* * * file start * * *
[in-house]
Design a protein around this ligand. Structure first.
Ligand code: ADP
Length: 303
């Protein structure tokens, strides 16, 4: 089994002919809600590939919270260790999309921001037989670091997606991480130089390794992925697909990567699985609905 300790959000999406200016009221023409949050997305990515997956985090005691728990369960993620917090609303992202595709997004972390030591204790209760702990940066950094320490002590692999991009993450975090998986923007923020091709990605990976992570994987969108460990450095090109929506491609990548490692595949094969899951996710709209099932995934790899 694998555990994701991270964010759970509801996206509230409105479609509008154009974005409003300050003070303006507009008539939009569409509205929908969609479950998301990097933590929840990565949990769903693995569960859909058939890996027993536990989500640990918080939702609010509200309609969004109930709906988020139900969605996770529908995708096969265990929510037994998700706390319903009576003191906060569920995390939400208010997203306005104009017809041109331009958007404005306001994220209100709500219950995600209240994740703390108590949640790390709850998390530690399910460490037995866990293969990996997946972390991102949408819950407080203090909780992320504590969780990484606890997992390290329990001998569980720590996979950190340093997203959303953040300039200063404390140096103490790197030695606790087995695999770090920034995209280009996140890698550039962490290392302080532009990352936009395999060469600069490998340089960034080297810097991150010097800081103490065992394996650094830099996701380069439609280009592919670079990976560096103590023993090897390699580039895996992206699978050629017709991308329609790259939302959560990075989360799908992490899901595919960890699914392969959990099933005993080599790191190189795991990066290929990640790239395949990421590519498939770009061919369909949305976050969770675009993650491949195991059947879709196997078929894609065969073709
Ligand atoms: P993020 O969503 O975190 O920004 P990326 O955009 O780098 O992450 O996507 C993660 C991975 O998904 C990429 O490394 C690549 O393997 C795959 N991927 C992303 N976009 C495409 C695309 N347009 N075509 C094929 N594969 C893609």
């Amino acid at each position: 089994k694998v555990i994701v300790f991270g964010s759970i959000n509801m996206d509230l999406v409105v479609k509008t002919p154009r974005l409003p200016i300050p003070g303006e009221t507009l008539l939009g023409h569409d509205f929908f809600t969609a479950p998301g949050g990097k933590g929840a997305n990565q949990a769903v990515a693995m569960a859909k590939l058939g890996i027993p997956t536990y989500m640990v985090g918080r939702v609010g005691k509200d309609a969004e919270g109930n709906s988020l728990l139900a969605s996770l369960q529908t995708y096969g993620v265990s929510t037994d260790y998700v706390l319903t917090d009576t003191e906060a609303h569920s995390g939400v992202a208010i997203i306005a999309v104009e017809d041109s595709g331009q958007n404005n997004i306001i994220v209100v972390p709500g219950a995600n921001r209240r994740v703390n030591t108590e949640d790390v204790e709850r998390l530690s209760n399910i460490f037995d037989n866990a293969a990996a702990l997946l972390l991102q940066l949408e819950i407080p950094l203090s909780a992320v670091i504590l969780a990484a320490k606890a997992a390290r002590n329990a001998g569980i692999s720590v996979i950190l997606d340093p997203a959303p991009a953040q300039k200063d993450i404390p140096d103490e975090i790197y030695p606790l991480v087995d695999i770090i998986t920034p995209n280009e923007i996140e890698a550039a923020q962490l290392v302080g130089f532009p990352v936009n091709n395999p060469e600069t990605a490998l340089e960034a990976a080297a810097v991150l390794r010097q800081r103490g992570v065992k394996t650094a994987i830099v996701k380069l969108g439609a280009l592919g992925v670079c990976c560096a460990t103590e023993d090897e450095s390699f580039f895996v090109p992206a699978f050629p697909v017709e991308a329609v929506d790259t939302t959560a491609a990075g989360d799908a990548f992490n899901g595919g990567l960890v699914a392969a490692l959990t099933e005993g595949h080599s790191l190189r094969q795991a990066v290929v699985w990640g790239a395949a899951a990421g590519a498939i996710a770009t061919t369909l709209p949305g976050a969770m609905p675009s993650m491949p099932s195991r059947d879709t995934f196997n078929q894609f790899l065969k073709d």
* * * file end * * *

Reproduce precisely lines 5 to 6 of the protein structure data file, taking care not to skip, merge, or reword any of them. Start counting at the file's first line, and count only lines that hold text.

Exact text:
């Protein structure tokens, strides 16, 4: 089994002919809600590939919270260790999309921001037989670091997606991480130089390794992925697909990567699985609905 300790959000999406200016009221023409949050997305990515997956985090005691728990369960993620917090609303992202595709997004972390030591204790209760702990940066950094320490002590692999991009993450975090998986923007923020091709990605990976992570994987969108460990450095090109929506491609990548490692595949094969899951996710709209099932995934790899 694998555990994701991270964010759970509801996206509230409105479609509008154009974005409003300050003070303006507009008539939009569409509205929908969609479950998301990097933590929840990565949990769903693995569960859909058939890996027993536990989500640990918080939702609010509200309609969004109930709906988020139900969605996770529908995708096969265990929510037994998700706390319903009576003191906060569920995390939400208010997203306005104009017809041109331009958007404005306001994220209100709500219950995600209240994740703390108590949640790390709850998390530690399910460490037995866990293969990996997946972390991102949408819950407080203090909780992320504590969780990484606890997992390290329990001998569980720590996979950190340093997203959303953040300039200063404390140096103490790197030695606790087995695999770090920034995209280009996140890698550039962490290392302080532009990352936009395999060469600069490998340089960034080297810097991150010097800081103490065992394996650094830099996701380069439609280009592919670079990976560096103590023993090897390699580039895996992206699978050629017709991308329609790259939302959560990075989360799908992490899901595919960890699914392969959990099933005993080599790191190189795991990066290929990640790239395949990421590519498939770009061919369909949305976050969770675009993650491949195991059947879709196997078929894609065969073709
Ligand atoms: P993020 O969503 O975190 O920004 P990326 O955009 O780098 O992450 O996507 C993660 C991975 O998904 C990429 O490394 C690549 O393997 C795959 N991927 C992303 N976009 C495409 C695309 N347009 N075509 C094929 N594969 C893609």